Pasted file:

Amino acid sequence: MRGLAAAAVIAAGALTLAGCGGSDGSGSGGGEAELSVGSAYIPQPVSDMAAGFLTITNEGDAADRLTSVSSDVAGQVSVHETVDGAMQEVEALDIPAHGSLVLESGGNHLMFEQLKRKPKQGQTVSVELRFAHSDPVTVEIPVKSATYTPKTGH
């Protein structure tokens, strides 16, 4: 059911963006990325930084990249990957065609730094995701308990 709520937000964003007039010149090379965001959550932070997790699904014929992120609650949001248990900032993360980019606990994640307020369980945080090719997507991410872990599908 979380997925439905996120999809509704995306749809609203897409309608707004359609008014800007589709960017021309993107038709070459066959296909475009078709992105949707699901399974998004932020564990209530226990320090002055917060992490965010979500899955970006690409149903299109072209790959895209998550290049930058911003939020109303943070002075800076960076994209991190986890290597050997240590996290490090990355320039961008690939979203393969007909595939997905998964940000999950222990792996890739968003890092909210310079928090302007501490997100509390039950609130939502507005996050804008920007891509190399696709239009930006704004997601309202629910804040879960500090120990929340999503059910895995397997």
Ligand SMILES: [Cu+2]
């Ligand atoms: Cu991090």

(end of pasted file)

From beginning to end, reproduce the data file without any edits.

Amino acid sequence: MRGLAAAAVIAAGALTLAGCGGSDGSGSGGGEAELSVGSAYIPQPVSDMAAGFLTITNEGDAADRLTSVSSDVAGQVSVHETVDGAMQEVEALDIPAHGSLVLESGGNHLMFEQLKRKPKQGQTVSVELRFAHSDPVTVEIPVKSATYTPKTGH
């Protein structure tokens, strides 16, 4: 059911963006990325930084990249990957065609730094995701308990 709520937000964003007039010149090379965001959550932070997790699904014929992120609650949001248990900032993360980019606990994640307020369980945080090719997507991410872990599908 979380997925439905996120999809509704995306749809609203897409309608707004359609008014800007589709960017021309993107038709070459066959296909475009078709992105949707699901399974998004932020564990209530226990320090002055917060992490965010979500899955970006690409149903299109072209790959895209998550290049930058911003939020109303943070002075800076960076994209991190986890290597050997240590996290490090990355320039961008690939979203393969007909595939997905998964940000999950222990792996890739968003890092909210310079928090302007501490997100509390039950609130939502507005996050804008920007891509190399696709239009930006704004997601309202629910804040879960500090120990929340999503059910895995397997």
Ligand SMILES: [Cu+2]
């Ligand atoms: Cu991090």